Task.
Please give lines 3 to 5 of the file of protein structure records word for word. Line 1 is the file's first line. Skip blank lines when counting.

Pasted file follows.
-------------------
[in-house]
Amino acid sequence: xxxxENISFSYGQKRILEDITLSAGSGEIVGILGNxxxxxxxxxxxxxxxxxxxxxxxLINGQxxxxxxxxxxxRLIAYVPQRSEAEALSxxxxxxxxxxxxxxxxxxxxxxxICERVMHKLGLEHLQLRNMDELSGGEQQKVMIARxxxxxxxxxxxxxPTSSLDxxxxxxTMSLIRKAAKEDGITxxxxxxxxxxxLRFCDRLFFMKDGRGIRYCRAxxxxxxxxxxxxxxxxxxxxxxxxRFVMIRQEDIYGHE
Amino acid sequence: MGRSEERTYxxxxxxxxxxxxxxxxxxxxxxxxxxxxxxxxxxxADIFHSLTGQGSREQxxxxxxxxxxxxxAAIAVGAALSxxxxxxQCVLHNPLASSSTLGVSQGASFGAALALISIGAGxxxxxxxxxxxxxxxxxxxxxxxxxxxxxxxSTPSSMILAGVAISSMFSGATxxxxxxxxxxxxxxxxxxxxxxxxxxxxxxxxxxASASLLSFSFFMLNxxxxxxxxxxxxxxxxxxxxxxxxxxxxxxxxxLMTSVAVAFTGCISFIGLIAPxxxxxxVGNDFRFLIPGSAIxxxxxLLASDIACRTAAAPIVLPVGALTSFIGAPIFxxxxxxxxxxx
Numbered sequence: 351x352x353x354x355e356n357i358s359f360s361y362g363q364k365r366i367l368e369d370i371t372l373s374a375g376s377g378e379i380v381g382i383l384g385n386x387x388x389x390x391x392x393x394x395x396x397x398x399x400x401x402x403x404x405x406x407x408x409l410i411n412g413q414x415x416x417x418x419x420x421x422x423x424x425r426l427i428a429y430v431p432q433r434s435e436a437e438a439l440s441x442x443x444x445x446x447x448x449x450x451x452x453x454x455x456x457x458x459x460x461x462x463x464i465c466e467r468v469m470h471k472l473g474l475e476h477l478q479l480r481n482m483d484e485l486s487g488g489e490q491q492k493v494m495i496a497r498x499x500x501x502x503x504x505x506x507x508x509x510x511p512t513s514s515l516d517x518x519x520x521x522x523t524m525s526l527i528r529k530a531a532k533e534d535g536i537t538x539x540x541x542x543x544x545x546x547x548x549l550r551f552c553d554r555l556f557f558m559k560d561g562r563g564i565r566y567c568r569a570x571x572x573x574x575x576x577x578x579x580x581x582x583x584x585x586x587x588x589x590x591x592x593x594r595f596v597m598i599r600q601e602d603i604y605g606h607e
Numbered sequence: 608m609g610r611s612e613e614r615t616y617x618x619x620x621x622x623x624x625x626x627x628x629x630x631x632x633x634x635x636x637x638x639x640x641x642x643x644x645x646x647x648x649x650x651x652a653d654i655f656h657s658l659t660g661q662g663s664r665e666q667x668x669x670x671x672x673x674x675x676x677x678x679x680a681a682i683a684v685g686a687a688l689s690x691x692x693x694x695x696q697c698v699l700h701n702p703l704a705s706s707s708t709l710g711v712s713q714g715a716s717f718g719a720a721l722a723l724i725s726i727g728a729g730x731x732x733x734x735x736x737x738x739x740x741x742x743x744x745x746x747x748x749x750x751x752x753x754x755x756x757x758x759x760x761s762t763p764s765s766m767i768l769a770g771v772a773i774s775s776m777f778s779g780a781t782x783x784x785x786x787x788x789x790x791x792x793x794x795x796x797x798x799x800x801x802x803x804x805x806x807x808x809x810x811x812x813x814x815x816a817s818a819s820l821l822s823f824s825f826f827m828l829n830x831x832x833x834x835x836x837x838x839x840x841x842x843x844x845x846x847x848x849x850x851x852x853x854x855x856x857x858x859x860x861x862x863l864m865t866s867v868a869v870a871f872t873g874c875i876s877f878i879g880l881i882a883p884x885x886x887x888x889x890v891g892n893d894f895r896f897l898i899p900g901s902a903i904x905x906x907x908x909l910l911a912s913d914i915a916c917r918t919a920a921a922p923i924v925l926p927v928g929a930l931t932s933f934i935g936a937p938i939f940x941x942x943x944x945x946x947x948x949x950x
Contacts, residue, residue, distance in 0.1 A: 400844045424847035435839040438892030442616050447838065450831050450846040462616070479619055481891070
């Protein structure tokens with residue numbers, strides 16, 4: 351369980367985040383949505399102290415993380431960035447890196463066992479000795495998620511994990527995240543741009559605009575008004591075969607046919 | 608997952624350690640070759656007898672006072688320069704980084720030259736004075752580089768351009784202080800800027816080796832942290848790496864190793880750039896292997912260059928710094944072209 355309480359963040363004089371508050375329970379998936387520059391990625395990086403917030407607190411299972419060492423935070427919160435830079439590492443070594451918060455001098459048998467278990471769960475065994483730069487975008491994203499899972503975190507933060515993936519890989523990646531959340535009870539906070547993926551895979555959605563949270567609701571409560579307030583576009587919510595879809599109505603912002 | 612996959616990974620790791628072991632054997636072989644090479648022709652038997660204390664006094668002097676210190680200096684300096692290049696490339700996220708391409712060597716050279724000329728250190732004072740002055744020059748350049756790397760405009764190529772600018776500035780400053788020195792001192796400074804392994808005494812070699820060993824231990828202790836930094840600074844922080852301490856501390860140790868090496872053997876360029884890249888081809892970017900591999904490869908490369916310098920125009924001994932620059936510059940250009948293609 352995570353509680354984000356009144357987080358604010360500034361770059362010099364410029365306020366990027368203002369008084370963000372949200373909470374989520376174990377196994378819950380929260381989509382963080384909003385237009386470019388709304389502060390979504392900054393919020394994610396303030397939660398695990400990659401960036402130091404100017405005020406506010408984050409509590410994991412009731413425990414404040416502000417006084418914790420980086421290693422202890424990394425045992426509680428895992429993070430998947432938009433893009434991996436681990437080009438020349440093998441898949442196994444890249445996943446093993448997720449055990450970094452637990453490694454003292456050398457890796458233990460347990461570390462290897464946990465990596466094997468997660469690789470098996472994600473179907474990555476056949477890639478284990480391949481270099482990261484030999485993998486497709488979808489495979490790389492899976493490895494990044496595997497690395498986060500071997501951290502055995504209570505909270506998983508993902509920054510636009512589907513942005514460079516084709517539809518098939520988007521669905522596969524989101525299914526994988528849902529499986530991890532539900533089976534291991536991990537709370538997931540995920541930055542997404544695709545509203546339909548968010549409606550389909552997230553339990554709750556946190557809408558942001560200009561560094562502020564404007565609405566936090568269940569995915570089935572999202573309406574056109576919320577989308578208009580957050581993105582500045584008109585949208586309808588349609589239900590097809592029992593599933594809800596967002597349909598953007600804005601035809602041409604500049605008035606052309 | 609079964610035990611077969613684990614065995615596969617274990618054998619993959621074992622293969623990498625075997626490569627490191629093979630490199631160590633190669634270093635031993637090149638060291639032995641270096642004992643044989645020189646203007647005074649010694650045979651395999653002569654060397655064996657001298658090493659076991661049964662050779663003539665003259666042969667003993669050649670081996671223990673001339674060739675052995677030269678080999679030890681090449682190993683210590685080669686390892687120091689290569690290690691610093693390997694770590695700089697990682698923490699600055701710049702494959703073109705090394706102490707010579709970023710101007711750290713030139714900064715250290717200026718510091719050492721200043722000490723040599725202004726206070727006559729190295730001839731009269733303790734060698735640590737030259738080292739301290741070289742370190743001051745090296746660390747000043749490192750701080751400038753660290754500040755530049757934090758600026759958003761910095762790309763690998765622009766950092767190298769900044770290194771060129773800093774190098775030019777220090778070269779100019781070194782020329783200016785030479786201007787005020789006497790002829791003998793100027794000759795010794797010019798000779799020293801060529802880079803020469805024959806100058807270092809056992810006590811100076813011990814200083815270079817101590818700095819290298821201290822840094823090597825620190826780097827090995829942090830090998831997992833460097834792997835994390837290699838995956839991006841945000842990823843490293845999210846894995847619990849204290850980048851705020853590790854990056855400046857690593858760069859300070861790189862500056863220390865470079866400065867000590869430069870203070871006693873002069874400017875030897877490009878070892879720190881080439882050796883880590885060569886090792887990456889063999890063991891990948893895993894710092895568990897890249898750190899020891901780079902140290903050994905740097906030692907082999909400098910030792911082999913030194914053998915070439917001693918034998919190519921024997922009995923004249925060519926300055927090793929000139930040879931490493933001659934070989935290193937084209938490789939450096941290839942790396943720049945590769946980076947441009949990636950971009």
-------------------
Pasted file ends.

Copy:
Amino acid sequence: MGRSEERTYxxxxxxxxxxxxxxxxxxxxxxxxxxxxxxxxxxxADIFHSLTGQGSREQxxxxxxxxxxxxxAAIAVGAALSxxxxxxQCVLHNPLASSSTLGVSQGASFGAALALISIGAGxxxxxxxxxxxxxxxxxxxxxxxxxxxxxxxSTPSSMILAGVAISSMFSGATxxxxxxxxxxxxxxxxxxxxxxxxxxxxxxxxxxASASLLSFSFFMLNxxxxxxxxxxxxxxxxxxxxxxxxxxxxxxxxxLMTSVAVAFTGCISFIGLIAPxxxxxxVGNDFRFLIPGSAIxxxxxLLASDIACRTAAAPIVLPVGALTSFIGAPIFxxxxxxxxxxx
Numbered sequence: 351x352x353x354x355e356n357i358s359f360s361y362g363q364k365r366i367l368e369d370i371t372l373s374a375g376s377g378e379i380v381g382i383l384g385n386x387x388x389x390x391x392x393x394x395x396x397x398x399x400x401x402x403x404x405x406x407x408x409l410i411n412g413q414x415x416x417x418x419x420x421x422x423x424x425r426l427i428a429y430v431p432q433r434s435e436a437e438a439l440s441x442x443x444x445x446x447x448x449x450x451x452x453x454x455x456x457x458x459x460x461x462x463x464i465c466e467r468v469m470h471k472l473g474l475e476h477l478q479l480r481n482m483d484e485l486s487g488g489e490q491q492k493v494m495i496a497r498x499x500x501x502x503x504x505x506x507x508x509x510x511p512t513s514s515l516d517x518x519x520x521x522x523t524m525s526l527i528r529k530a531a532k533e534d535g536i537t538x539x540x541x542x543x544x545x546x547x548x549l550r551f552c553d554r555l556f557f558m559k560d561g562r563g564i565r566y567c568r569a570x571x572x573x574x575x576x577x578x579x580x581x582x583x584x585x586x587x588x589x590x591x592x593x594r595f596v597m598i599r600q601e602d603i604y605g606h607e
Numbered sequence: 608m609g610r611s612e613e614r615t616y617x618x619x620x621x622x623x624x625x626x627x628x629x630x631x632x633x634x635x636x637x638x639x640x641x642x643x644x645x646x647x648x649x650x651x652a653d654i655f656h657s658l659t660g661q662g663s664r665e666q667x668x669x670x671x672x673x674x675x676x677x678x679x680a681a682i683a684v685g686a687a688l689s690x691x692x693x694x695x696q697c698v699l700h701n702p703l704a705s706s707s708t709l710g711v712s713q714g715a716s717f718g719a720a721l722a723l724i725s726i727g728a729g730x731x732x733x734x735x736x737x738x739x740x741x742x743x744x745x746x747x748x749x750x751x752x753x754x755x756x757x758x759x760x761s762t763p764s765s766m767i768l769a770g771v772a773i774s775s776m777f778s779g780a781t782x783x784x785x786x787x788x789x790x791x792x793x794x795x796x797x798x799x800x801x802x803x804x805x806x807x808x809x810x811x812x813x814x815x816a817s818a819s820l821l822s823f824s825f826f827m828l829n830x831x832x833x834x835x836x837x838x839x840x841x842x843x844x845x846x847x848x849x850x851x852x853x854x855x856x857x858x859x860x861x862x863l864m865t866s867v868a869v870a871f872t873g874c875i876s877f878i879g880l881i882a883p884x885x886x887x888x889x890v891g892n893d894f895r896f897l898i899p900g901s902a903i904x905x906x907x908x909l910l911a912s913d914i915a916c917r918t919a920a921a922p923i924v925l926p927v928g929a930l931t932s933f934i935g936a937p938i939f940x941x942x943x944x945x946x947x948x949x950x